Avril 23, 2012
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Home > Recherches sur l’anarchisme > Histoires de l’anarchisme : Portraits et Activités des Individus et des (…) > par pays > Russie (ex-Union soviétique) > 1917-1921 URSS: Histoire > The Black Guards

A short account of the Anarchist Black Guards and their suppression by the Bolsheviks in Moscow in 1918

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Many Russian anarchists were totally opposed to the institutionalisation of the Red Guards, fighting units that had been created by factory workers in the course of the February and October Revolutions. Indeed Rex A. Wade in his book on the Red Guards points to the strong anarchist input and influence in the Red Guards in the initial phase of the Revolution. Relations between the anarchists and the Bolsheviks had started to deteriorate after the October Revolution, and anarchist delegates to the 2nd Congress of Soviets in December 1917 accused Lenin and his party of red militarism, and that the commissars were only in power at the point of a bayonet. As a result in Moscow, Petrograd and other main centres they made a concerted attempt to set up free fighting units that they called the Black Guard. In 1917 detachments of Black Guards had been set up in the Ukraine, including by Makhno. Nikolai Zhelnesnyakov as to flee Petrograd after the Bolsheviks attempted to arrest him and set up a large group of the Black Guard in the Ukraine. Other Black Guard detachments operating in the Ukraine were led by Mokrousov, Garin with his armoured train, Anatolii Zhelesnyakov, the younger brother of Nikolai, and the detachment led by Seidel and Zhelyabov which defended Odessa and Nikolaev. Another Black Guard detachment was led by Mikhail Chernyak, later active in the Makhnovist counterintelligence. In Vyborg near Petrograd, anarchist workers at the Russian Renault factory set up a Black Guard but it soon merged with a Red Guard that had been created at the factory at the same time.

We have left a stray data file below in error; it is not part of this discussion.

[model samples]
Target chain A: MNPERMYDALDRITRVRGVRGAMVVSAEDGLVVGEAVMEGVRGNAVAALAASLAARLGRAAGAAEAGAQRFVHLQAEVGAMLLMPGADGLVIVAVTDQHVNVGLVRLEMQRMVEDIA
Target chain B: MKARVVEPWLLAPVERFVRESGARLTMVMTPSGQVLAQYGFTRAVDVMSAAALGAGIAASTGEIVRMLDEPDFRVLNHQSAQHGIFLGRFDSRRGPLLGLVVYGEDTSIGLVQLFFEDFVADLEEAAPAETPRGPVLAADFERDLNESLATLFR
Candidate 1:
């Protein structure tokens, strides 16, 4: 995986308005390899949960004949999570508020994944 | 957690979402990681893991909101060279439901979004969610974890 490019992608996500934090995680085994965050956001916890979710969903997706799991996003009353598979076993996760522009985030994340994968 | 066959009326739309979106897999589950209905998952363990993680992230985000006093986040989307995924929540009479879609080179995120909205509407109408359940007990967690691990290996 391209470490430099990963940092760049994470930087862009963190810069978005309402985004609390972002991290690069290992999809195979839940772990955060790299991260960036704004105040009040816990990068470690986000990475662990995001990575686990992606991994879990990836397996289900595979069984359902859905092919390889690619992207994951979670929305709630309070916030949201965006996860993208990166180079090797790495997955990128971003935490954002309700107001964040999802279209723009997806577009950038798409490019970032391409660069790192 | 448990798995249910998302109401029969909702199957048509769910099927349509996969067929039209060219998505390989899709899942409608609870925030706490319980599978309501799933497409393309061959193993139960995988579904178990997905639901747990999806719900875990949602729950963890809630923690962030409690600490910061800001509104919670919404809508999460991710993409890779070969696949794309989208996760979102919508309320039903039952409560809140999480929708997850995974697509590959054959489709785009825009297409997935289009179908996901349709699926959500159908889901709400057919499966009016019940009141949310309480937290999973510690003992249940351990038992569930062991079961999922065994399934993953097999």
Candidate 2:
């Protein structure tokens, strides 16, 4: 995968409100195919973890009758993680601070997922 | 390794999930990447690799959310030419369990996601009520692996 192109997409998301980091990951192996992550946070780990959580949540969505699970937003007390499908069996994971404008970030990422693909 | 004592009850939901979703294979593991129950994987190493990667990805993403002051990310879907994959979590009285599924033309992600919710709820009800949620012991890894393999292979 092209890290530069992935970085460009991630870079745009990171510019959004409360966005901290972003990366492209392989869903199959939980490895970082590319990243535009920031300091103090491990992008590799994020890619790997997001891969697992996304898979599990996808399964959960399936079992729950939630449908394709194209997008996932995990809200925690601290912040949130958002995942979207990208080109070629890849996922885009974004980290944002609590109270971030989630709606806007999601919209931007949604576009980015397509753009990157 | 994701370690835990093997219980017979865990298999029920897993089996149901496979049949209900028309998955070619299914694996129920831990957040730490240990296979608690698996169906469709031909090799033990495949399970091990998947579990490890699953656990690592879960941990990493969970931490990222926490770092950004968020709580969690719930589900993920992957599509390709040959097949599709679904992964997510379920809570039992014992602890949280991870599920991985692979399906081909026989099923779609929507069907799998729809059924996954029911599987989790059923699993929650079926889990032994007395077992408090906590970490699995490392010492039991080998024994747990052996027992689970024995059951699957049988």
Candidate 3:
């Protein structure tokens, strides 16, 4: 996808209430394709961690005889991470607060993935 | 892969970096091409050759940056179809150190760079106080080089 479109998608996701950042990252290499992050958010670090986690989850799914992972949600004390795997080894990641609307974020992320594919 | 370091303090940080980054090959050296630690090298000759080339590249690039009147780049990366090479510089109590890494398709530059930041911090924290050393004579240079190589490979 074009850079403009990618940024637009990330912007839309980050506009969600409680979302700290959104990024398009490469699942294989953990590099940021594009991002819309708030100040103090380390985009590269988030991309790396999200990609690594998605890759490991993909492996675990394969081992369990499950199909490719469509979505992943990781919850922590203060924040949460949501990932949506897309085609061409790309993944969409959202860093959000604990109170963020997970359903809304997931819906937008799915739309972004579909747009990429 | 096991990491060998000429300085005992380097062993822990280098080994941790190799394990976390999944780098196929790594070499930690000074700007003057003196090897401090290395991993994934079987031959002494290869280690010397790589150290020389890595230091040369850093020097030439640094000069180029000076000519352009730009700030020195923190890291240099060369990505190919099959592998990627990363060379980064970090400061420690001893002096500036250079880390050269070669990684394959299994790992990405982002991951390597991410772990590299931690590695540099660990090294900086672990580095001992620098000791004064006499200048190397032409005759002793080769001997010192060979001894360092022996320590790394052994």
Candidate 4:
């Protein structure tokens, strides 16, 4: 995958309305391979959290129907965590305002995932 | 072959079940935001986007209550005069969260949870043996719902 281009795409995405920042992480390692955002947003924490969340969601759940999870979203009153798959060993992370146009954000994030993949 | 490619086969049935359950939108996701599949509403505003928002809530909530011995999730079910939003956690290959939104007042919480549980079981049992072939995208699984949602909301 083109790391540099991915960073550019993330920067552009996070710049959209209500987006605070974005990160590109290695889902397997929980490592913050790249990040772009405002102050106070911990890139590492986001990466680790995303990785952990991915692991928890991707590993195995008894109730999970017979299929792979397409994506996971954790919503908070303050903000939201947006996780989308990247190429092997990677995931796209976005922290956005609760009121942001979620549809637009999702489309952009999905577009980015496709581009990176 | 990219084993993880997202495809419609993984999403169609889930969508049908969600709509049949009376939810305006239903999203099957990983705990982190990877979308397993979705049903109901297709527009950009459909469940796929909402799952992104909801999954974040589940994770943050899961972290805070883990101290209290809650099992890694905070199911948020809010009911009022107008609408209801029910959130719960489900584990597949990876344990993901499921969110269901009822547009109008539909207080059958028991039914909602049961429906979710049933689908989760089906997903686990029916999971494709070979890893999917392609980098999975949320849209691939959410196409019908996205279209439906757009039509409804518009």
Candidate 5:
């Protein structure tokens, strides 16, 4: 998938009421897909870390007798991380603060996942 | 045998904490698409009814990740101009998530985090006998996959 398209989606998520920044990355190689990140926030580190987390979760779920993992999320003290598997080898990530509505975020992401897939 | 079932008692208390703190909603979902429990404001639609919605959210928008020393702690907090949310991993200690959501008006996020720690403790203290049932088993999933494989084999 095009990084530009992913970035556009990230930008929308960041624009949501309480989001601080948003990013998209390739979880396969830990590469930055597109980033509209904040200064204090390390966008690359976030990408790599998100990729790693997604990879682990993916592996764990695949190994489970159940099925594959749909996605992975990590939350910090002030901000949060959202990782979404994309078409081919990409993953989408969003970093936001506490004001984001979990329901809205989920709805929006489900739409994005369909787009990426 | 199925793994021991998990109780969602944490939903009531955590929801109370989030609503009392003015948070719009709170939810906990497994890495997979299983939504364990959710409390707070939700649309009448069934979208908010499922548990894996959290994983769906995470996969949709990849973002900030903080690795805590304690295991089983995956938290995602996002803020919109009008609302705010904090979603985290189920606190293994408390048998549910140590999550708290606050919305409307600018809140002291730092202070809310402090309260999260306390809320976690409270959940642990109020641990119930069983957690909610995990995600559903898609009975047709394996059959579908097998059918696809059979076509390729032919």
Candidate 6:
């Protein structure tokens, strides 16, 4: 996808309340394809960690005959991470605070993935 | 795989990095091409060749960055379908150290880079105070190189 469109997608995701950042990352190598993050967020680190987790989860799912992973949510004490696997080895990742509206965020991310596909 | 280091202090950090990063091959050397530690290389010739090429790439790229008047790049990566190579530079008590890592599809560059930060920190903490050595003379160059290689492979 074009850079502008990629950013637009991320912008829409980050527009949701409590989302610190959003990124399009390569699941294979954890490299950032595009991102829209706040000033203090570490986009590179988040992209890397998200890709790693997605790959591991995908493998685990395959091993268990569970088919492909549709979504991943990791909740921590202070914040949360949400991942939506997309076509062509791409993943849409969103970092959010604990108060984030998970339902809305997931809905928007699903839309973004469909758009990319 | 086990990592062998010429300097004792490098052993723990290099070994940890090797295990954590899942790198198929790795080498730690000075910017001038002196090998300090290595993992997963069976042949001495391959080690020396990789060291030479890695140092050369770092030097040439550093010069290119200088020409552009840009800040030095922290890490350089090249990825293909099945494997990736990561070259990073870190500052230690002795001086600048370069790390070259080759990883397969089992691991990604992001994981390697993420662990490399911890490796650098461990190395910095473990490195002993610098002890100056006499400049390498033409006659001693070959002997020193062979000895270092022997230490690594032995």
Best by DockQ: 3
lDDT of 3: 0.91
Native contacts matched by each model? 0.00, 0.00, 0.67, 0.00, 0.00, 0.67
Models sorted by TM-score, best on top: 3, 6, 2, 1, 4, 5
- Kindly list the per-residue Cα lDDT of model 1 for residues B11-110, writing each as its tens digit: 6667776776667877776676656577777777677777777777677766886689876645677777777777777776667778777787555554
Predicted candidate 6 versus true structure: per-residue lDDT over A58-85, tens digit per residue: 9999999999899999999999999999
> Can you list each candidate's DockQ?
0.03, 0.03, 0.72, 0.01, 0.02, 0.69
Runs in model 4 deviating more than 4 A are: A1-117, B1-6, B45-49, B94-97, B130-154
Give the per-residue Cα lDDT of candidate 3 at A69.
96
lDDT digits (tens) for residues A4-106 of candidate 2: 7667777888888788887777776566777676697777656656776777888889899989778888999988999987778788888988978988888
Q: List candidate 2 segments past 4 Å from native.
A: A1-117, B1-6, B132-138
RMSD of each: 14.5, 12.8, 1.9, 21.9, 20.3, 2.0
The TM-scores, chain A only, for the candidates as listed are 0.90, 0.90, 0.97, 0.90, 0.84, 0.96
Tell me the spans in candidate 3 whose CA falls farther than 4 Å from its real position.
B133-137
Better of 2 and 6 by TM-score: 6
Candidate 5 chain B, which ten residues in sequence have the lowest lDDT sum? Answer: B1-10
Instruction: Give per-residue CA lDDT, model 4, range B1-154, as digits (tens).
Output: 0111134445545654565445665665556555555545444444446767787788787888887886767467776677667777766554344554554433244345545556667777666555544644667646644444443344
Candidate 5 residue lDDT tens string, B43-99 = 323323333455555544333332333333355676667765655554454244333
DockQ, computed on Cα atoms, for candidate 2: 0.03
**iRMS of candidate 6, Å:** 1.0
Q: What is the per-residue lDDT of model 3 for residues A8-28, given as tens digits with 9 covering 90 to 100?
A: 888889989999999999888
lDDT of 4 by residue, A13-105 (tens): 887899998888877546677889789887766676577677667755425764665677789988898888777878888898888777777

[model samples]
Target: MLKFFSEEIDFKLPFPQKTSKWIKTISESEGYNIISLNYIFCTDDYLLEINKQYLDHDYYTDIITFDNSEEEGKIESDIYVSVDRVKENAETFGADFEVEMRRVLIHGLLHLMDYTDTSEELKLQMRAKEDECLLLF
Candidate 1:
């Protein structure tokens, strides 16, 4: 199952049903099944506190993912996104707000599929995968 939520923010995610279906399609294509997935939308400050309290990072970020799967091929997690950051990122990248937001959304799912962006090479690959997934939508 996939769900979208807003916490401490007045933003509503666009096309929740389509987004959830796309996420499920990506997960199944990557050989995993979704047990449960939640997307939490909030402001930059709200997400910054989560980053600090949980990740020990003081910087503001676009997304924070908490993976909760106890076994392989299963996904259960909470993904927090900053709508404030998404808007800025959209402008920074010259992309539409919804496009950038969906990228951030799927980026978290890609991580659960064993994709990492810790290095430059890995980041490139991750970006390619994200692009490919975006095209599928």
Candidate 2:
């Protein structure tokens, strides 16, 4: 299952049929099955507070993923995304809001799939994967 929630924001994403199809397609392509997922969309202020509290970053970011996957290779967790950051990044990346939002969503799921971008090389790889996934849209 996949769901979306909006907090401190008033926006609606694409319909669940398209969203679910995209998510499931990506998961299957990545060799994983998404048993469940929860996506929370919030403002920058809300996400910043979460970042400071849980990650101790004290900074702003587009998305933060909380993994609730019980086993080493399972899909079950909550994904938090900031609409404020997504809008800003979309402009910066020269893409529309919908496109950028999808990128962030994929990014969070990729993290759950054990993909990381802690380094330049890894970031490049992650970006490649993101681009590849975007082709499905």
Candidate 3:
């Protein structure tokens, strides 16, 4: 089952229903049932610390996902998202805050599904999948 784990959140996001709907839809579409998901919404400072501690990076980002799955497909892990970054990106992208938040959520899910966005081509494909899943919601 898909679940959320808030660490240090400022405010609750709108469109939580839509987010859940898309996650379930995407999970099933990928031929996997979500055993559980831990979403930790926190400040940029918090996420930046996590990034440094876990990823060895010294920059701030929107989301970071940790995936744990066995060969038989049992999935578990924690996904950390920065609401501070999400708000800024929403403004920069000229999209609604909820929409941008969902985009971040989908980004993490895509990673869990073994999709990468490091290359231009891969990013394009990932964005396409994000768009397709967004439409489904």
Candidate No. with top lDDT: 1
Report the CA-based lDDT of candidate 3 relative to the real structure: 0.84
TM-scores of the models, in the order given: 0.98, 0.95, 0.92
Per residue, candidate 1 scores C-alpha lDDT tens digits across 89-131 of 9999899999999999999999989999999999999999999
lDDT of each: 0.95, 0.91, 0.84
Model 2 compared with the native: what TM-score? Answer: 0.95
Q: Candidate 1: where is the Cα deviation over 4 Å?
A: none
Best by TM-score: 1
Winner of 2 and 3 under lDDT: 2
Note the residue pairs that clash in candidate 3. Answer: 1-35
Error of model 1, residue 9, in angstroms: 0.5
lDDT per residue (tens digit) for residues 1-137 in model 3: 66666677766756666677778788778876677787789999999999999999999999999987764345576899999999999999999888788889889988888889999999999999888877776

View online : Submitted by Battlescarred on Jan 6 2011 23:10 to Libcom.org. Read all


Sources :

Skirda, A., Les Anarchistes russes, les soviets et la Révolution de 1917, éd. de Paris-Max Chaleil, Paris,

2000.

Voline, La Révolution inconnue, Belfond, Paris, 1969.

Wade, Rex A., Red Guards and Workers’ Militias in the Russian Revolution, Stanford Univ. Pr., Stanford, 1984.

Maximov, G., The True Reasons for the Anarchist Raids (Moscow 1918)

Dubovik, A., The Defeat of the Moscow anarchists

[The murder of Mikhail Sergeyevich Khodounov->http://www.katesharpleylibrary.net/8kpsdr


To cite this page:
The Black Guards,
What’s new: 3 April 2012. [Online].
http://raforum.info/spip.php?article6564
[Accessed on 27 August 2016]



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Sources :

Skirda, A., Les Anarchistes russes, les soviets et la Révolution de 1917, éd. de Paris-Max Chaleil, Paris,

2000.

Voline, La Révolution inconnue, Belfond, Paris, 1969.

Wade, Rex A., Red Guards and Workers’ Militias in the Russian Revolution, Stanford Univ. Pr., Stanford, 1984.

Maximov, G., The True Reasons for the Anarchist Raids (Moscow 1918)

Dubovik, A., The Defeat of the Moscow anarchists

[The murder of Mikhail Sergeyevich Khodounov->http://www.katesharpleylibrary.net/8kpsdr


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